Finding and reading literature
- [Read this Simple guide to the research process: a tutorial.]
- Start with books and survey/overview papers: they are generally easier to digest. Then try some more specific journal papers. Use conference papers mainly for finding out about recent results.
- Search in Google "Scholar, TU Delft Library Mult-database search, Citeseer (ResearchIndex), Scopus, ACM, IEEE, and our own University library's catalogue.
- Keep track of conferences and journals on your topic and check (once in a while) whether some interesting articles have been published in those.
- As soon as you find an interesting article, also check the author's homepage(s) for more recent results, and of course follow the references made in this paper.
- Find people in our faculty or another faculty at TU Delft, or otherwise nearby who have more expertise in this field than you have and ask (email?) them to recommend some literature or conferences.
- Search on-line using a computer on the campus of your university; many journals are available only to subscribers, and this is often checked using the IP address your browser sends along.
- Add a paper to your BibTex database as soon as you find it (before you even save/print it).
- Make some notes immediately after you read it.
- How to read a scientific paper -- by Mihai Pop
- Try to focus on one original idea in your paper. Summarize it in the abstract, introduce it in the introduction, explain it in detail in the body, and draw some conclusions in the final section.
- Use a dictionary and a thesaurus! On the web you may like Merriam-Webster or the Oxford English Dictionary (the latter is subscribed by the Delft University). The TU Delft has made the Van Dale locally available.
- Should be obvious, but apparently it isn't: use your spelling checker!
- Use LaTeX (Windows: MikTeX) for your text, with for example the LyX frontend or the cloud-based Overleaf.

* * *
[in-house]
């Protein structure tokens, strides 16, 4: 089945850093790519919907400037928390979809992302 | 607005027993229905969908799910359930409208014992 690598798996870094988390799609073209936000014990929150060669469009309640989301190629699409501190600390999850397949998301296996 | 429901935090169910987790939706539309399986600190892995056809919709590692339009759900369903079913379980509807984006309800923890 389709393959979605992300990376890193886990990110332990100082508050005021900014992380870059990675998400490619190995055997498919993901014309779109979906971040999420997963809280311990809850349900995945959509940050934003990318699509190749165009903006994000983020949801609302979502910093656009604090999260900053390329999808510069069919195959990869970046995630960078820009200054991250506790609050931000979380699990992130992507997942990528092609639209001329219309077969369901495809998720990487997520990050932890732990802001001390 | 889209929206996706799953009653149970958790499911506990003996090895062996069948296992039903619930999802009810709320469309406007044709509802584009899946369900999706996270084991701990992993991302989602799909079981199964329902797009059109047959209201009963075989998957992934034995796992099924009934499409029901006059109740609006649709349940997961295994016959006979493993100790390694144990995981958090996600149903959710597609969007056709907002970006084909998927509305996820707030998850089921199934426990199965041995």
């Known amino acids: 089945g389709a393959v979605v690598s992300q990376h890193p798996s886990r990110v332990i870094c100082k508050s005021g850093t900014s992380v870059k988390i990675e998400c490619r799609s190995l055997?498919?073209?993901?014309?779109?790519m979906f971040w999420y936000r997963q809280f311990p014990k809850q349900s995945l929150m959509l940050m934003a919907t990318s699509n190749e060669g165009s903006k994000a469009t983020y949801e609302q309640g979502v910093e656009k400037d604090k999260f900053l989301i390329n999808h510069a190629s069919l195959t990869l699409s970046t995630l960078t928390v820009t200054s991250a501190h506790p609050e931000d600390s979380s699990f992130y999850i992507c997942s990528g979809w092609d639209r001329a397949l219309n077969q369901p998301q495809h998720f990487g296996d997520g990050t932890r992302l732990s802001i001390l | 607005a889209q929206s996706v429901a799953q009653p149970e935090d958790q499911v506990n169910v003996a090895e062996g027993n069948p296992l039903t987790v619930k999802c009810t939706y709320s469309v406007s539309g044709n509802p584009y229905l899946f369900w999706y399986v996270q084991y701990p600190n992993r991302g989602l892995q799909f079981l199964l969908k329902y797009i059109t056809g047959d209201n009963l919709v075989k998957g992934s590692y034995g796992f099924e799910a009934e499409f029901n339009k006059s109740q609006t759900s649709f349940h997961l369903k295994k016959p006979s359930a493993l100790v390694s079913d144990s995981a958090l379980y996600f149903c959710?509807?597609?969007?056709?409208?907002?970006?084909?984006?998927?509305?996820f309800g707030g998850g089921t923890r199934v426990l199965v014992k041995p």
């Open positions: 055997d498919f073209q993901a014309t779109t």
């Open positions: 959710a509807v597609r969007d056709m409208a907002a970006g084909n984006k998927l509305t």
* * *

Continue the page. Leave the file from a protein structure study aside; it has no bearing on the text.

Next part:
- Use BibTeX and for example JabRef for your references. (Both programs are included in any Linux distribution.)
- Use GnuPlot or R to generate your graphs, and for example GasTex, GraphViz, or XFig to draw figures like graphs.
- Use Subversion or Git to keep track of all your files and documents (both code and text). Request a repository from our IT support.
- A rather extensive description of how to do a research paper assignment is given by Paul Brians
- Rules of thumb for writing a research paper
- translation help by our university (check out the word list)
- Transition words in an English text
- A humorous list of writing rules
- My favorite on-line dictionary
- Common errors in English
- The Keables Guide gives a number of tips, also for teachers, to learn to improve your writing skills.
It may also be helpful to take the reviewer's perspective and browse through this tutorial on how to review.
More help with LaTeX
- A (Not So) Short Introduction to LaTeX2e, "while it is not as comprehensive as Lamport's book, it should be sufficient in most cases."
- Online tutorials on LaTeX, by the Indian TeX Users Group, including sources, these are *very* useful, and subdivided by topic.
- The TeX showcase, many examples of what you can do with (La)TeX, in most cases including the source
My colleague Ulle Endriss from the UvA has written some great and detailed instructions on how to do a proper review (e.g. for an AI/CS conference).